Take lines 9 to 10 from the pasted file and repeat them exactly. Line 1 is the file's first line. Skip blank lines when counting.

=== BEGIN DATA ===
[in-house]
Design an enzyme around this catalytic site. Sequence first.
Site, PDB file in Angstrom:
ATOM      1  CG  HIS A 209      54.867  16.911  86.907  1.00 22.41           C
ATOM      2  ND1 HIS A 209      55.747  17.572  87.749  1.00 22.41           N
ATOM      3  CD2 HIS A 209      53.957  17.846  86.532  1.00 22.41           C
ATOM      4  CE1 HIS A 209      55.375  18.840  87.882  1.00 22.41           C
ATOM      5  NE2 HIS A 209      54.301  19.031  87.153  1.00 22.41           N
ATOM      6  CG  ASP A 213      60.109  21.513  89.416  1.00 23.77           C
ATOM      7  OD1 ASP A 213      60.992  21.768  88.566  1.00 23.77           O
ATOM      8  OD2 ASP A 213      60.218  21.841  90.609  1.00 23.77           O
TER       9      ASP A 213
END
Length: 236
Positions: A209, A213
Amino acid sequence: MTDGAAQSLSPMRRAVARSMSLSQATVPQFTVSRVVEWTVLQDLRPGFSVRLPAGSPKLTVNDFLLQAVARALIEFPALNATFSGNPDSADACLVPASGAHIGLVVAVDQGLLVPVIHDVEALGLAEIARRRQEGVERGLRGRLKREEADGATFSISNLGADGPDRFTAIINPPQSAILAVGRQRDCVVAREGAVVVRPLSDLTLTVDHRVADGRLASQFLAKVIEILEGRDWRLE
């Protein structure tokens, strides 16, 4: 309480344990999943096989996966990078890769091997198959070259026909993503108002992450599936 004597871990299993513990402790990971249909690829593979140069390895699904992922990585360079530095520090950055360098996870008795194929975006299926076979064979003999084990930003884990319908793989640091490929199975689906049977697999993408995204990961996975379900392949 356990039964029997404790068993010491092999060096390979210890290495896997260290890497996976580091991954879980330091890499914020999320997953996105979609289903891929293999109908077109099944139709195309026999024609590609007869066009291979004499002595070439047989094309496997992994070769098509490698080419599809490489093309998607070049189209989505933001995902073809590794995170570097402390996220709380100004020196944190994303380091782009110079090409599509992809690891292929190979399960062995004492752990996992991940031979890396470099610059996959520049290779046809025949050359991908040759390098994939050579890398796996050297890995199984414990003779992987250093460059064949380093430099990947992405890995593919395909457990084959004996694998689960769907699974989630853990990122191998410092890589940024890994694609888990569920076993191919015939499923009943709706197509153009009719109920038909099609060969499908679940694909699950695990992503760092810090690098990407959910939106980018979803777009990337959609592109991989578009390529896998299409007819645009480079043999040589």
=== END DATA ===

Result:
ATOM      6  CG  ASP A 213      60.109  21.513  89.416  1.00 23.77           C
ATOM      7  OD1 ASP A 213      60.992  21.768  88.566  1.00 23.77           O